Use Social Media for Good: Social media is often thought of as a negative thing where young women are flooded with messages and imaging about how they could look/act/be better. And while that can be the case, there are ways to use social media for good. You can follow accounts on social media that you find inspirational where women are lifting each other up. You can also use your own social media for good. Leave positive comments on a friend’s post describing her recent success. “Like” a co-worker’s selfie where she was feeling confident. 

Work Together: If you find yourself struggling with competitive behaviors, try putting yourself in situations where you will have to work collaboratively with other women. Perhaps it’s a sports team or joining a local group of volunteers. Notice how that when you’re working together, one person’s success means that every person is succeeding. The more you practice lifting other women up, the more it will just become a part of your automatic response.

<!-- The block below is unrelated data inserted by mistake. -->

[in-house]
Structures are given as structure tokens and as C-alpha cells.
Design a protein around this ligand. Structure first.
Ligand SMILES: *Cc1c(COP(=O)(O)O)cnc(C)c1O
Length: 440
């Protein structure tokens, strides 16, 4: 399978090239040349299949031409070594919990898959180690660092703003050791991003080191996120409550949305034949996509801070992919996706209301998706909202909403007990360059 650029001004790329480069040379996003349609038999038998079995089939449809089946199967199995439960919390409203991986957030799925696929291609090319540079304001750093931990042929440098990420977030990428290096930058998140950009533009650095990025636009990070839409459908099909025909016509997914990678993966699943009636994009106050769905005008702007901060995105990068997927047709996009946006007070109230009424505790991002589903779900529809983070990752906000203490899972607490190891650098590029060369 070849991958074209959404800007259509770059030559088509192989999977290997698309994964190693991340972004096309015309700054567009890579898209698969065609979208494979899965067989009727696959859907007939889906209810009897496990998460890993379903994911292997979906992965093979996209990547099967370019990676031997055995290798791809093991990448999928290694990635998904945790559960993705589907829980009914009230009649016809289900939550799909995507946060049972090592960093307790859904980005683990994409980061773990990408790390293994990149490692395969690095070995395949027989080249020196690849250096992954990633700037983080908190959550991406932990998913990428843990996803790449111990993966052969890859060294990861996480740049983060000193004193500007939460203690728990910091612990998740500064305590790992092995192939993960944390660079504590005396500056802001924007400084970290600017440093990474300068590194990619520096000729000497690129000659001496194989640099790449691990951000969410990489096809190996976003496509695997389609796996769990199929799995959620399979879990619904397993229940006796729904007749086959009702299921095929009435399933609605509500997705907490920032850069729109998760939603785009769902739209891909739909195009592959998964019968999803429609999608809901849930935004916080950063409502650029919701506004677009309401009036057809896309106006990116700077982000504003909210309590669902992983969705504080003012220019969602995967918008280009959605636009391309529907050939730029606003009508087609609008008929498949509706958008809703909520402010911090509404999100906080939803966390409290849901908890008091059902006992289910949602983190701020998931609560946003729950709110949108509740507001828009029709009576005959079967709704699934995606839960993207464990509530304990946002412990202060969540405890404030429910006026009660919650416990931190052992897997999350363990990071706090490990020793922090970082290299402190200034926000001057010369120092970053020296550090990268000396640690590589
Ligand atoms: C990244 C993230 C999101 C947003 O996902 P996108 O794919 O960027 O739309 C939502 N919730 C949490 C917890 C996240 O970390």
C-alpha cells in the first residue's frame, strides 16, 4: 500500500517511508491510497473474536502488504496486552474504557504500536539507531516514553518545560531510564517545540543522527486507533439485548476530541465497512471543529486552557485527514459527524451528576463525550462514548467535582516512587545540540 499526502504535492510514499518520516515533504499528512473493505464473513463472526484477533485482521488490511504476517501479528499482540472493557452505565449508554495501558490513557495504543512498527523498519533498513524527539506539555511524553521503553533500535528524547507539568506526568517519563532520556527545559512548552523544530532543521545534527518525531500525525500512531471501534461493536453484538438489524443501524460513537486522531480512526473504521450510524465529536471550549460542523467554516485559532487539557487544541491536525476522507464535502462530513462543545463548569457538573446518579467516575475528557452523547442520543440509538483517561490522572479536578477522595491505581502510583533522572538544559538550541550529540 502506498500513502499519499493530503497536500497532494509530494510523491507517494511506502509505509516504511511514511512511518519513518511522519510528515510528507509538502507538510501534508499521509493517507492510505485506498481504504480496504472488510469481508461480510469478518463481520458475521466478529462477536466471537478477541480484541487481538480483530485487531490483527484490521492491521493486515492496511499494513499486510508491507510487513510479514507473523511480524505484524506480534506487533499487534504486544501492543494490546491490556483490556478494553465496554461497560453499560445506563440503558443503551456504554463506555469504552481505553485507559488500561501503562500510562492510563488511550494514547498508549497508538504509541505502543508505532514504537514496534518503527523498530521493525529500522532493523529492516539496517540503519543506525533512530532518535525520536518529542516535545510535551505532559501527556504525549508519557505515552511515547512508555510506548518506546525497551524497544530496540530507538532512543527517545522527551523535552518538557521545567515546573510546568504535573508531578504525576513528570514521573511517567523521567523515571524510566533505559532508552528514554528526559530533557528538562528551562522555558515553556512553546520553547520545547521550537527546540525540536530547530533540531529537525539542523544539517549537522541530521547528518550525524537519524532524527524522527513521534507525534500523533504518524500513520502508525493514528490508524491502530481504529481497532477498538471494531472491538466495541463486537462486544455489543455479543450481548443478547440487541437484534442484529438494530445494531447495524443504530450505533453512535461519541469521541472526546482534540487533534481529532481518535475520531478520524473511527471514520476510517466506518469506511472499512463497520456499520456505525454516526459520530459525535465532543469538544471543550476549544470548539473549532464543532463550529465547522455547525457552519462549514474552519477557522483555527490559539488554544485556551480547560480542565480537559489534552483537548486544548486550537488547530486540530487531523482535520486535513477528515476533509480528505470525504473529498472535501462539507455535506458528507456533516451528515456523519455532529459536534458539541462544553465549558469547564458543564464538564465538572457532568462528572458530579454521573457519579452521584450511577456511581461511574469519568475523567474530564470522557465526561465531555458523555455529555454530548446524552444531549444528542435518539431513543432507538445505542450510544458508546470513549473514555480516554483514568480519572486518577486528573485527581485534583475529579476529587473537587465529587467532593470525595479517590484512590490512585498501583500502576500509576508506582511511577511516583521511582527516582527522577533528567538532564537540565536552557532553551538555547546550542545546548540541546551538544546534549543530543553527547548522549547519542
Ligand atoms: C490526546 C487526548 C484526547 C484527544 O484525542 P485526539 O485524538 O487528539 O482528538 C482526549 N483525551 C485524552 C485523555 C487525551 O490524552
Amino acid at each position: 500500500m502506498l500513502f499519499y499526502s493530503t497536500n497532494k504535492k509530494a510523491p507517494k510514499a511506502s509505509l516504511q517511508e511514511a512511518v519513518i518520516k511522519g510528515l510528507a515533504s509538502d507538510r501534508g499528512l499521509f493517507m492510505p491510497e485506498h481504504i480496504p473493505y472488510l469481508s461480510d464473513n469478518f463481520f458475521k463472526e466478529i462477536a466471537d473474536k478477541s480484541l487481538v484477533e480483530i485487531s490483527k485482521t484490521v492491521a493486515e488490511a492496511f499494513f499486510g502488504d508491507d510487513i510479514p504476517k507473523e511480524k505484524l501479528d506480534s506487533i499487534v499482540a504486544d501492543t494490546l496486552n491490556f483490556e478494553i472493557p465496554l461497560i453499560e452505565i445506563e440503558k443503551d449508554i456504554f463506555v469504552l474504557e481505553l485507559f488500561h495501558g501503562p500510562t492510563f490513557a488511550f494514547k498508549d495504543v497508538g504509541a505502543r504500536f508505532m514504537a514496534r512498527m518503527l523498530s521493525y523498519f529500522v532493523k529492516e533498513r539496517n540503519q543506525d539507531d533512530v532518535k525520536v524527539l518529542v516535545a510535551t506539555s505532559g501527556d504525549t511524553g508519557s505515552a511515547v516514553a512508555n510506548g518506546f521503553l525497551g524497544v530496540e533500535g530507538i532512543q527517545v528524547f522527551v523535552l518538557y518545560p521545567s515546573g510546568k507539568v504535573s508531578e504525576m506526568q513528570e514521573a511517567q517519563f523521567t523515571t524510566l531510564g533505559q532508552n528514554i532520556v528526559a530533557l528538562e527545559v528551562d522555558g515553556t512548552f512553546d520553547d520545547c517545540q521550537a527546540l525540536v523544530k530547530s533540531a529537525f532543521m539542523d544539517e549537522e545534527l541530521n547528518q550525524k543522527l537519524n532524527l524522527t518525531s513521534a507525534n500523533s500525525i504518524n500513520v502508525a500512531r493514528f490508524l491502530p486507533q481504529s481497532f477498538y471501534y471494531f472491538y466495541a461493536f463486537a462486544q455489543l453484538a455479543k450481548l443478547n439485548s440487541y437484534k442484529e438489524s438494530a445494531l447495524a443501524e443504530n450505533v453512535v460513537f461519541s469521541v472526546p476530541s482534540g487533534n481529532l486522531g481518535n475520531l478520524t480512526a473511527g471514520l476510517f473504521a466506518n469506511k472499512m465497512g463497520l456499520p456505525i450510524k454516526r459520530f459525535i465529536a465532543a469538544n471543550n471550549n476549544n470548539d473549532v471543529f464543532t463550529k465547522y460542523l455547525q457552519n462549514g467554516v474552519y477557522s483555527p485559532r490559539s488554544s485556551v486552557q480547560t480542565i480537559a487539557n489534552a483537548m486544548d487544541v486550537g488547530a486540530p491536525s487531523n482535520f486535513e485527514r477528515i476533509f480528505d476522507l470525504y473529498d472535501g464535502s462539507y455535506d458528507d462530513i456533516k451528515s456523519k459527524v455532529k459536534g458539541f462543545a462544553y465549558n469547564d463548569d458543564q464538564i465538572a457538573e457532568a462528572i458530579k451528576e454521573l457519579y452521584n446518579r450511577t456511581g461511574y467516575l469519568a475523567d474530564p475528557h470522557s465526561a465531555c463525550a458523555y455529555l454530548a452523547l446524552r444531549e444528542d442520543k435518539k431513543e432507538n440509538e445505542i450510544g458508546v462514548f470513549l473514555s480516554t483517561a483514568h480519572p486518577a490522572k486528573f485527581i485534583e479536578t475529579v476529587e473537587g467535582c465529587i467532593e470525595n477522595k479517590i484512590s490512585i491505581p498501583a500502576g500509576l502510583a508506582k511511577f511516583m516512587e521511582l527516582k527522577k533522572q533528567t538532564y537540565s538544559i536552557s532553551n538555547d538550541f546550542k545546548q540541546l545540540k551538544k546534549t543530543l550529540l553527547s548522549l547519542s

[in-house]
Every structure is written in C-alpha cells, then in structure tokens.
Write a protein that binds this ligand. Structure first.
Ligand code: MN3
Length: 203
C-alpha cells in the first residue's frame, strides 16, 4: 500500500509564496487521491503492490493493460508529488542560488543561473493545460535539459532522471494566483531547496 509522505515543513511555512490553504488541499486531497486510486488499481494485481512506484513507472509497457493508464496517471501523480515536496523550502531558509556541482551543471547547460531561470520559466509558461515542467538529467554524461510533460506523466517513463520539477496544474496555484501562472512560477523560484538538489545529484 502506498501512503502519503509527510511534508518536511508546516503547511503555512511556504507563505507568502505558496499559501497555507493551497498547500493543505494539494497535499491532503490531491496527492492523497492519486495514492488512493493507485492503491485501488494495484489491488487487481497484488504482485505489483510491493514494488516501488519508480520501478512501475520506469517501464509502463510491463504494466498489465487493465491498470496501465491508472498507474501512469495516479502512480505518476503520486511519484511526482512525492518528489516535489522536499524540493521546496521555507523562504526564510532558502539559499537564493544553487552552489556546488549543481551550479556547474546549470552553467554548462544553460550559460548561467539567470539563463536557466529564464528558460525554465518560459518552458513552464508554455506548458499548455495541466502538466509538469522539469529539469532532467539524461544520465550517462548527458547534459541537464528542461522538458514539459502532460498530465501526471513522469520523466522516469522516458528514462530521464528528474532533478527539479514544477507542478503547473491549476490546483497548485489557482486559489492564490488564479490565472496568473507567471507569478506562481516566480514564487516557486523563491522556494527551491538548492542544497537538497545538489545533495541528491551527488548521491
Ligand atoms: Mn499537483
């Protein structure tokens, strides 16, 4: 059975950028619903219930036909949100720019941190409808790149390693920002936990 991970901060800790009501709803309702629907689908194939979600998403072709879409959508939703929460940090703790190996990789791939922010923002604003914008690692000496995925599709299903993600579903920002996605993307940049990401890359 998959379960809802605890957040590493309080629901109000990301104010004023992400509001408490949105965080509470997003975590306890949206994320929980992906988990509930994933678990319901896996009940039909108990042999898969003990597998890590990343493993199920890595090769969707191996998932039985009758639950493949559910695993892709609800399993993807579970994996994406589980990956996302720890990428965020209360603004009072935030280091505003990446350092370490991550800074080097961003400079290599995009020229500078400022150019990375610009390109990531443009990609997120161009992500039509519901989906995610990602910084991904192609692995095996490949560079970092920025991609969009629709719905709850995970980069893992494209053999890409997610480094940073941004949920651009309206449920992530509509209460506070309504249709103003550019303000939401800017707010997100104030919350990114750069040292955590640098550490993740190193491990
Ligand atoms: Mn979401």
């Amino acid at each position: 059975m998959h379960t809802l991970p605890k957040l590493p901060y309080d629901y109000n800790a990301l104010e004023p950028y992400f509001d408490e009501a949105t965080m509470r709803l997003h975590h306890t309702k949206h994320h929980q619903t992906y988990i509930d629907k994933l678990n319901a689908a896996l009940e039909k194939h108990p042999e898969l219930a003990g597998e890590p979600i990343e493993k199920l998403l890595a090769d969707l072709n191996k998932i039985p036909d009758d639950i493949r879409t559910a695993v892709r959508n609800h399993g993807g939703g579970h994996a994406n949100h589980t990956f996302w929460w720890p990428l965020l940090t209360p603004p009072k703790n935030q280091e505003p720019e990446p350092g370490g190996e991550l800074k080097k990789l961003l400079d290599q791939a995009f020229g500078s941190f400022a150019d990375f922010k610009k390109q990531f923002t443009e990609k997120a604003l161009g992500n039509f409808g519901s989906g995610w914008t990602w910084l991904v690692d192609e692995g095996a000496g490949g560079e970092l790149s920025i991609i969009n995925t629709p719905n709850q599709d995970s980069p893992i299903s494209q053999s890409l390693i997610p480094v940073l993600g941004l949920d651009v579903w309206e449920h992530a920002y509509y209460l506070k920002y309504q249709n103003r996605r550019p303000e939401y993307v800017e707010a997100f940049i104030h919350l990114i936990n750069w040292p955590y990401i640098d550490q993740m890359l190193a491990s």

Solstice East Can Help

Solstice East students are highly intelligent and highly sensitive. Our teens are creative and capable, but vulnerable to the pressures of their surroundings. They often experience the world differently through misperceptions and are impacted by issues of anxiety, depression, identity, attachment, mood disorders, and learning disabilities. Solstice East is committed to treating each student through a combination of individual, family, equine, and adventure therapies as well as treating and diagnosing a range of issues including (but not limited to) trauma, anxiety, depression, eating disorders, substance abuse, suicidal ideation, self-harming behaviors, attachment, and identity issues. For more information please call (828) 471-0221.